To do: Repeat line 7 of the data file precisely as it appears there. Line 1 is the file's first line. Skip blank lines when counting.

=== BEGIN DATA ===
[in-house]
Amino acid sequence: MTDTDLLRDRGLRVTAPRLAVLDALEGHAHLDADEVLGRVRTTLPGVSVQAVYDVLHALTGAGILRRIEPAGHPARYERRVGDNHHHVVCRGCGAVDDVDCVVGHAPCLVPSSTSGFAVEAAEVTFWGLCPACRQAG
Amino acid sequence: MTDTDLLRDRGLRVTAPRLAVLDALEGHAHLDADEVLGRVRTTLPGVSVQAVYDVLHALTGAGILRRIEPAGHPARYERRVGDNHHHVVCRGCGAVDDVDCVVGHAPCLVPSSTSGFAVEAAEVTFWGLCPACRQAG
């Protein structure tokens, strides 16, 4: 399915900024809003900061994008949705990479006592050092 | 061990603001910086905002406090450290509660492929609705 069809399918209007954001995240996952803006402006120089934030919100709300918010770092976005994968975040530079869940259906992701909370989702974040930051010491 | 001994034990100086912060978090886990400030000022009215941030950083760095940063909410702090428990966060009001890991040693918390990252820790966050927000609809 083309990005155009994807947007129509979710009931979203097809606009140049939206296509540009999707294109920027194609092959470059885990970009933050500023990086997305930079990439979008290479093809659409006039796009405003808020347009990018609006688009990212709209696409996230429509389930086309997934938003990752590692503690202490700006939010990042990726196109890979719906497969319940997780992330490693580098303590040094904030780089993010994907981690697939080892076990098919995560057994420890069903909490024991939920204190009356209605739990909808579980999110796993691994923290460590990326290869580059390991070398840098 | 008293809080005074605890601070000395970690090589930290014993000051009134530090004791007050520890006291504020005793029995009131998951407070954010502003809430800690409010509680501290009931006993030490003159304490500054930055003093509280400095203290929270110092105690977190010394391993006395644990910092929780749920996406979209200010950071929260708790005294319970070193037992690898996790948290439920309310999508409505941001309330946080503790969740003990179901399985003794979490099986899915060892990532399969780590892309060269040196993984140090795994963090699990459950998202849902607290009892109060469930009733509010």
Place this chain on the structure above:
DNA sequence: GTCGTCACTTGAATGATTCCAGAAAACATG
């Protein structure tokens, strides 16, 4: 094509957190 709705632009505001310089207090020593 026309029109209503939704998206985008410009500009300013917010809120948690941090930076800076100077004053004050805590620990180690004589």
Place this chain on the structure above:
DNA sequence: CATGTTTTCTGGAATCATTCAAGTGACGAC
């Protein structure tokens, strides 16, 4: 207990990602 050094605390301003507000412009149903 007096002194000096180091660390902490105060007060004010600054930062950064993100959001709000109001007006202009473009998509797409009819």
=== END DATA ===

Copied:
């Protein structure tokens, strides 16, 4: 094509957190 709705632009505001310089207090020593 026309029109209503939704998206985008410009500009300013917010809120948690941090930076800076100077004053004050805590620990180690004589």